Diabetes, Obesity, and Erectile Dysfunction

ArticleinGender Medicine 6 Suppl 1(Suppl 1):4-16 · December 2009with5 Reads
DOI: 10.1016/j.genm.2008.12.003 · Source: PubMed
Diabetes mellitus (DM) and obesity affect large parts of the population in the United States and around the world. These disorders are among the most common risk factors for erectile dysfunction (ED), because of their effects on the vasculature and the hormonal milieu. This article reviews the current literature on the connection between DM, obesity, and ED. Using the search terms erectile dysfunction, endothelial dysfunction, hypogonadism, diabetes, and obesity, a systematic review of the available literature in the PubMed database was conducted. Relevant English-language publications (to August 2008) were identified. ED is highly prevalent in men with both DM and obesity, and may act as a harbinger for cardiovascular disease (CVD) in this high-risk population. In addition to male hypogonadism and macrovascular disease, endothelial dysfunction is central to the connection between the metabolic syndrome and ED. Conversely, improved glycemic control and weight loss have been found to improve erectile function. ED is very prevalent in men with DM and obesity. It is increasingly being recognized as an early clinical indicator and motivator for patients with CVD. The role of pharmacologic ED treatments in improving endothelial function is currently being investigated.
    • "The high prevalence of ED in overweight and obese men was due to the effect on blood vessels and reduced testosterone. [16] The limitation in this retrospective study was that the BMI of 24.7% of men with ED were not documented. Therefore, we cannot conclusively state what proportions of men with ED in this study that were normal, overweight, or obese. "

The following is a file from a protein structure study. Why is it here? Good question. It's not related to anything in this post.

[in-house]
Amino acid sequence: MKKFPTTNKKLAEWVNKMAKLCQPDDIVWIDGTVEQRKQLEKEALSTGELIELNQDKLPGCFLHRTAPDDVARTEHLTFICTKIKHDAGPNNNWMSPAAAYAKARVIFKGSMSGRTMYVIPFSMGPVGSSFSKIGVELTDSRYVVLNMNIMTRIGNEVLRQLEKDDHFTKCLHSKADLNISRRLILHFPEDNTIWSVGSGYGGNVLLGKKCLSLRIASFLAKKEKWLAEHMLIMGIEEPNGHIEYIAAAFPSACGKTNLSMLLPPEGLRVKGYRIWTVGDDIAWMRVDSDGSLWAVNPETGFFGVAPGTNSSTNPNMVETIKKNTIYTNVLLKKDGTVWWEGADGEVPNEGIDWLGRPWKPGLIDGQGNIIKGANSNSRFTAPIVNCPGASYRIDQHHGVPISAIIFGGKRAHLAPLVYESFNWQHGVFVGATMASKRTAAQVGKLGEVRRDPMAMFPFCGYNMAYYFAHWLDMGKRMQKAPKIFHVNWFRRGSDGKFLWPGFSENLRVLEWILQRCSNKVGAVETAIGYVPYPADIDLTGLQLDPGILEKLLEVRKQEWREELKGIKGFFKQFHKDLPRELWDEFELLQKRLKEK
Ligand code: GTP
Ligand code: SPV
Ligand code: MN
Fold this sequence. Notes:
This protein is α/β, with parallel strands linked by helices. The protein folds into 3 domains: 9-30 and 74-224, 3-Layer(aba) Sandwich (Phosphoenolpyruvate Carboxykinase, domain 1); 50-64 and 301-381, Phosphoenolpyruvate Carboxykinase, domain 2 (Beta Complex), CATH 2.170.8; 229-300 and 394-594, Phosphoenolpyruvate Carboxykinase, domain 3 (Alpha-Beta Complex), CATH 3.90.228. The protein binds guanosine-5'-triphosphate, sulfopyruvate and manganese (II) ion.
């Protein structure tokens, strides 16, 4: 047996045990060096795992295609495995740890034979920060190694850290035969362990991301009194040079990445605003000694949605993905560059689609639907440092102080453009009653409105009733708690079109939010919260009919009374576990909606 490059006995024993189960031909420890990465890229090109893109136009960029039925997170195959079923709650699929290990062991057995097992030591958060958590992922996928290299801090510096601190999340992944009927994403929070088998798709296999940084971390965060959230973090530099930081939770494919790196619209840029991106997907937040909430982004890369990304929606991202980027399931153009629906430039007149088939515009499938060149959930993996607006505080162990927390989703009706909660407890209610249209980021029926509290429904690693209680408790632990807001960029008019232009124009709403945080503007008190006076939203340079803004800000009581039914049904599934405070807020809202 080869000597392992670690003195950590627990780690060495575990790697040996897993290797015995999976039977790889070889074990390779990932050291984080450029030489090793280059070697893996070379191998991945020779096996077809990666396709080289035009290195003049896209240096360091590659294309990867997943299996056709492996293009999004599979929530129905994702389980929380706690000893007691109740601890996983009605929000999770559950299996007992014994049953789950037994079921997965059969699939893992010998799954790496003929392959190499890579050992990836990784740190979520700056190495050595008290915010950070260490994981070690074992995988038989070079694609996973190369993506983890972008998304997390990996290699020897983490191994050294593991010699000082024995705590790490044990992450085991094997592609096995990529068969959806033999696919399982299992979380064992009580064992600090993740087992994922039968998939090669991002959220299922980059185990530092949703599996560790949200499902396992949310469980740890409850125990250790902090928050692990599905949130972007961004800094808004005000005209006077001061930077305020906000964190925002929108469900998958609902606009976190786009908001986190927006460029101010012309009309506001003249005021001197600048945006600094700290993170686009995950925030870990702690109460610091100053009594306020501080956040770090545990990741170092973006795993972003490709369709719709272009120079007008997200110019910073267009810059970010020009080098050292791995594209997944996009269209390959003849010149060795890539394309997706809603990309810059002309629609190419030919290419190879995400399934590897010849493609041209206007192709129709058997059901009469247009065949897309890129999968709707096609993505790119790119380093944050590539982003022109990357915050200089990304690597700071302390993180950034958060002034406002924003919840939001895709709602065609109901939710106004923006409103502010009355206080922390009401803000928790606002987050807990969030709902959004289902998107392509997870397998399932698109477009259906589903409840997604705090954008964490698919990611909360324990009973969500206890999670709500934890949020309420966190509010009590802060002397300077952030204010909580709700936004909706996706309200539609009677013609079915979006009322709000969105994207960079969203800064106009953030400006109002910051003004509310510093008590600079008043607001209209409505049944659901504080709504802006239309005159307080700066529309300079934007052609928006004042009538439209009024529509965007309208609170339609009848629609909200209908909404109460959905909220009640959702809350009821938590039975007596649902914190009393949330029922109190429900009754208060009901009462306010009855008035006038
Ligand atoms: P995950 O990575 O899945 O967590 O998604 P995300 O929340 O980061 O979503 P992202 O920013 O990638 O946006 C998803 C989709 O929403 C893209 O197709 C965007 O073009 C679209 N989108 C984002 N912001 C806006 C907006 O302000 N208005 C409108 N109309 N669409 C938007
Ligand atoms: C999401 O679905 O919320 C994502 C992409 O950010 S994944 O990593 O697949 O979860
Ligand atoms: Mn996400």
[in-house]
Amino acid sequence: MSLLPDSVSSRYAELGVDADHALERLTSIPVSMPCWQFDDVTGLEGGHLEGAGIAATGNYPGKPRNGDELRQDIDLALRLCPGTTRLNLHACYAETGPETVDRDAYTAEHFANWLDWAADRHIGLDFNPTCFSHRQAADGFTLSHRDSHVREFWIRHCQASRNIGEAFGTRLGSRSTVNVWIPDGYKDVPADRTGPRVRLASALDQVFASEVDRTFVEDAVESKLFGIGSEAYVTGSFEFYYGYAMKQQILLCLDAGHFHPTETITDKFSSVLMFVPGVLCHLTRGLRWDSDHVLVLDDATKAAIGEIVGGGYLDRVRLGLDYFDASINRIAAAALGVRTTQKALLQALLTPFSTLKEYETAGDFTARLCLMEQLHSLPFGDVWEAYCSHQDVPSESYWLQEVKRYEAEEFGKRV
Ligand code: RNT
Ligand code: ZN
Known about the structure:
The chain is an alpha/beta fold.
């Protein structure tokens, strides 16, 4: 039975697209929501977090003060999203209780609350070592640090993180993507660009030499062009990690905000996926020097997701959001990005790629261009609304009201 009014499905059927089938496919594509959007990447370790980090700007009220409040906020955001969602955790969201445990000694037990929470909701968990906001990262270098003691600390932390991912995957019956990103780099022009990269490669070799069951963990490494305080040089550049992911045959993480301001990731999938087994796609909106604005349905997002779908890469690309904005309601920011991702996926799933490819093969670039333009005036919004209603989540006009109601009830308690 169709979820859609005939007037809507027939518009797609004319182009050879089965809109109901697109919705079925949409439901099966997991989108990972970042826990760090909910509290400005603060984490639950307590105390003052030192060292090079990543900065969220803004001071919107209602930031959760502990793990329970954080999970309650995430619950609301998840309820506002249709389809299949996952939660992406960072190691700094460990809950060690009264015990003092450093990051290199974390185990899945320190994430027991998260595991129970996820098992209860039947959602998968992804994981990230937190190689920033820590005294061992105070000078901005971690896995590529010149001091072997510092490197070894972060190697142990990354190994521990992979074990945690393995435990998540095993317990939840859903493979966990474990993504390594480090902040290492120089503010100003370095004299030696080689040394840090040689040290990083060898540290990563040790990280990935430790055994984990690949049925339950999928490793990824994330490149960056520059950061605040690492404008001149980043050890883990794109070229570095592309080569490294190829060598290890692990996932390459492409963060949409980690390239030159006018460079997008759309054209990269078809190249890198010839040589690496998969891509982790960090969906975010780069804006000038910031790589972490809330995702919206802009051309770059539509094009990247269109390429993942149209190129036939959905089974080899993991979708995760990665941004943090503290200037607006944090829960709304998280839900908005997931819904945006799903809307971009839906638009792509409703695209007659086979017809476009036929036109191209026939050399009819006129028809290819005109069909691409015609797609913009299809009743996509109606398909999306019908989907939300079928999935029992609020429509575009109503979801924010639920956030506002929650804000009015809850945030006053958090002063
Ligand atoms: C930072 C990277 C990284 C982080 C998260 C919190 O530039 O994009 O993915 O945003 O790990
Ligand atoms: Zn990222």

[Show abstract] [Hide abstract] ABSTRACT: Background: Erectile dysfunction is becoming a public health issue with high incidences reported in community studies. Objective: To evaluate the characteristics and outcome of treatment in men with erectile dysfunction in a tertiary center in Ibadan southwestern Nigeria. Methods: Data of men with erectile dysfunction was retrieved between July 2004 and June 2014 and analyzed using SPSS version 16 statistical software. Results: Eighty-nine men with erectile dysfunction were managed which constituted 2% of all urological cases seen during the study period. Their median and mean ages were 39 years and 39.6 ± 1.2SD (range 19-76 years). The peak age incidence at 30-44 years was 41.6% and reduced with increasing age after 65 years to 4.5%. The etiologies were psychogenic in 55%, organic in 27%, idiopathic in 17% and 1% was familial. 67.5%, 31.5% and 3.4% were married, single and separated respectively. Seventy percent neither smoked cigarette nor drank alcohol, 21.3% drank alcohol and 9% took both alcohol and smoked cigarette. Seventy seven and half percent of men presented within 5 years of their symptom. The treatments offered were PDE type 5 inhibitors alone or in combination with psychotherapy or modification of medications. The outcome of these treatments ranged from 89% to 91% success rate. Conclusion: The number of men with erectile dysfunction managed in the tertiary hospital is very low though the outcome of treatment is within acceptable range. Increase public enlightenment may encourage increase hospital patronage and access to the available treatments for erectile dysfunction.
    Full-text · Article · Jan 2016
    • "In particular, IL-6 and TNF-alpha disrupt the penile endothelium by creating high levels of ROS, which decrease Nitric Oxide Synthase (NOS) cofactor tetrahydrobiopterin and delay the hydrolysis of NOS inhibitor asymmetric dimethylarginine (ADMA). Obesity induced interference with such molecules cause erectile dysfunction because nitric oxide facilitates normal erection (Tamler, 2009). Another cytokine IL-18, a member of the IL-1 family is known for its role in inflammation as activation of inflammation leads to caspase 1 mediated cleavage of pro-IL-18 into mature IL-18. "